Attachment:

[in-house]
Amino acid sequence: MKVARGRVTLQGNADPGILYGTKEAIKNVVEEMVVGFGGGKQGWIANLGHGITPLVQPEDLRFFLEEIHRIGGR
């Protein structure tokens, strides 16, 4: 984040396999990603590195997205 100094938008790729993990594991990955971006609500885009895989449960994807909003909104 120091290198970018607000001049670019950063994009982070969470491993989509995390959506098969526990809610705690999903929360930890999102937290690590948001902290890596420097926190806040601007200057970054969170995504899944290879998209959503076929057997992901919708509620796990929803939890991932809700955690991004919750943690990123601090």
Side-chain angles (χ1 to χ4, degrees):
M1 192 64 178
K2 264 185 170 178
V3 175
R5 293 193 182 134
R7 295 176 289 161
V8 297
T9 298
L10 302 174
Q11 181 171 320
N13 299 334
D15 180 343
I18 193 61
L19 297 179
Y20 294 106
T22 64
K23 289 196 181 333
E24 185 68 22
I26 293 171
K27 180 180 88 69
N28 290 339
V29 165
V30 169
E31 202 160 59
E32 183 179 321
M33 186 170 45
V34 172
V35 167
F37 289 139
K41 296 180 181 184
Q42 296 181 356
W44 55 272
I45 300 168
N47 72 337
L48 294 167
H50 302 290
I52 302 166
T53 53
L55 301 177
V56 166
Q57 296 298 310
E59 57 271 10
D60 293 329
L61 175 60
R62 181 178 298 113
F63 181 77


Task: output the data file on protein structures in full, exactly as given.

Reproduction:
[in-house]
Amino acid sequence: MKVARGRVTLQGNADPGILYGTKEAIKNVVEEMVVGFGGGKQGWIANLGHGITPLVQPEDLRFFLEEIHRIGGR
């Protein structure tokens, strides 16, 4: 984040396999990603590195997205 100094938008790729993990594991990955971006609500885009895989449960994807909003909104 120091290198970018607000001049670019950063994009982070969470491993989509995390959506098969526990809610705690999903929360930890999102937290690590948001902290890596420097926190806040601007200057970054969170995504899944290879998209959503076929057997992901919708509620796990929803939890991932809700955690991004919750943690990123601090």
Side-chain angles (χ1 to χ4, degrees):
M1 192 64 178
K2 264 185 170 178
V3 175
R5 293 193 182 134
R7 295 176 289 161
V8 297
T9 298
L10 302 174
Q11 181 171 320
N13 299 334
D15 180 343
I18 193 61
L19 297 179
Y20 294 106
T22 64
K23 289 196 181 333
E24 185 68 22
I26 293 171
K27 180 180 88 69
N28 290 339
V29 165
V30 169
E31 202 160 59
E32 183 179 321
M33 186 170 45
V34 172
V35 167
F37 289 139
K41 296 180 181 184
Q42 296 181 356
W44 55 272
I45 300 168
N47 72 337
L48 294 167
H50 302 290
I52 302 166
T53 53
L55 301 177
V56 166
Q57 296 298 310
E59 57 271 10
D60 293 329
L61 175 60
R62 181 178 298 113
F63 181 77